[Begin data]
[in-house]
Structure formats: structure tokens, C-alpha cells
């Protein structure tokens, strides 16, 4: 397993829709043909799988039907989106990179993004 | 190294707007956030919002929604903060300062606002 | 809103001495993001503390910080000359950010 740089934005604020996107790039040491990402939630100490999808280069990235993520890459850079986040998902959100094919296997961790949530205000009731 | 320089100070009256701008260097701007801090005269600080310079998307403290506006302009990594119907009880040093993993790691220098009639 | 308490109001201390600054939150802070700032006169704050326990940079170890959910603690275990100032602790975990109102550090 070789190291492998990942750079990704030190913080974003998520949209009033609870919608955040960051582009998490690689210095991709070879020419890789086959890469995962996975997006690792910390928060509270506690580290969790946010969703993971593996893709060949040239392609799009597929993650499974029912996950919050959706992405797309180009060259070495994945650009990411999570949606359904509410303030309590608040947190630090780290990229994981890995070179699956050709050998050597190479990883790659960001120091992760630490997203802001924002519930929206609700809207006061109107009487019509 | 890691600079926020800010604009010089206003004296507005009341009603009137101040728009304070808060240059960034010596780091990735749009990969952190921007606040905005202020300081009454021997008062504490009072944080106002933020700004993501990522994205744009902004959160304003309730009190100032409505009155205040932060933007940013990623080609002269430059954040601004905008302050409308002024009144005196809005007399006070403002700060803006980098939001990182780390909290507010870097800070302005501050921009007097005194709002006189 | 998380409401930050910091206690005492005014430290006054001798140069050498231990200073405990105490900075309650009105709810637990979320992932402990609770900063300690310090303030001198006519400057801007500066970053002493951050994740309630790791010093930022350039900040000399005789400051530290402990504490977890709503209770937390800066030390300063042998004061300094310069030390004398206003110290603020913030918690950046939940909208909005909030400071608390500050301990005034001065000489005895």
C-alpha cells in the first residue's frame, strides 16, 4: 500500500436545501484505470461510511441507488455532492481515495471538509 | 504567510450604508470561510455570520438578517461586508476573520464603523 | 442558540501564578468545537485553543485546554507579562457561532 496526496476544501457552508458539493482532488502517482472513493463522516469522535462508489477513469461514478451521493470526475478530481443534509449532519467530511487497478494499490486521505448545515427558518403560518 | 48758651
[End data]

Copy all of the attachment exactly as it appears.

[in-house]
Structure formats: structure tokens, C-alpha cells
């Protein structure tokens, strides 16, 4: 397993829709043909799988039907989106990179993004 | 190294707007956030919002929604903060300062606002 | 809103001495993001503390910080000359950010 740089934005604020996107790039040491990402939630100490999808280069990235993520890459850079986040998902959100094919296997961790949530205000009731 | 320089100070009256701008260097701007801090005269600080310079998307403290506006302009990594119907009880040093993993790691220098009639 | 308490109001201390600054939150802070700032006169704050326990940079170890959910603690275990100032602790975990109102550090 070789190291492998990942750079990704030190913080974003998520949209009033609870919608955040960051582009998490690689210095991709070879020419890789086959890469995962996975997006690792910390928060509270506690580290969790946010969703993971593996893709060949040239392609799009597929993650499974029912996950919050959706992405797309180009060259070495994945650009990411999570949606359904509410303030309590608040947190630090780290990229994981890995070179699956050709050998050597190479990883790659960001120091992760630490997203802001924002519930929206609700809207006061109107009487019509 | 890691600079926020800010604009010089206003004296507005009341009603009137101040728009304070808060240059960034010596780091990735749009990969952190921007606040905005202020300081009454021997008062504490009072944080106002933020700004993501990522994205744009902004959160304003309730009190100032409505009155205040932060933007940013990623080609002269430059954040601004905008302050409308002024009144005196809005007399006070403002700060803006980098939001990182780390909290507010870097800070302005501050921009007097005194709002006189 | 998380409401930050910091206690005492005014430290006054001798140069050498231990200073405990105490900075309650009105709810637990979320992932402990609770900063300690310090303030001198006519400057801007500066970053002493951050994740309630790791010093930022350039900040000399005789400051530290402990504490977890709503209770937390800066030390300063042998004061300094310069030390004398206003110290603020913030918690950046939940909208909005909030400071608390500050301990005034001065000489005895």
C-alpha cells in the first residue's frame, strides 16, 4: 500500500436545501484505470461510511441507488455532492481515495471538509 | 504567510450604508470561510455570520438578517461586508476573520464603523 | 442558540501564578468545537485553543485546554507579562457561532 496526496476544501457552508458539493482532488502517482472513493463522516469522535462508489477513469461514478451521493470526475478530481443534509449532519467530511487497478494499490486521505448545515427558518403560518 | 48758651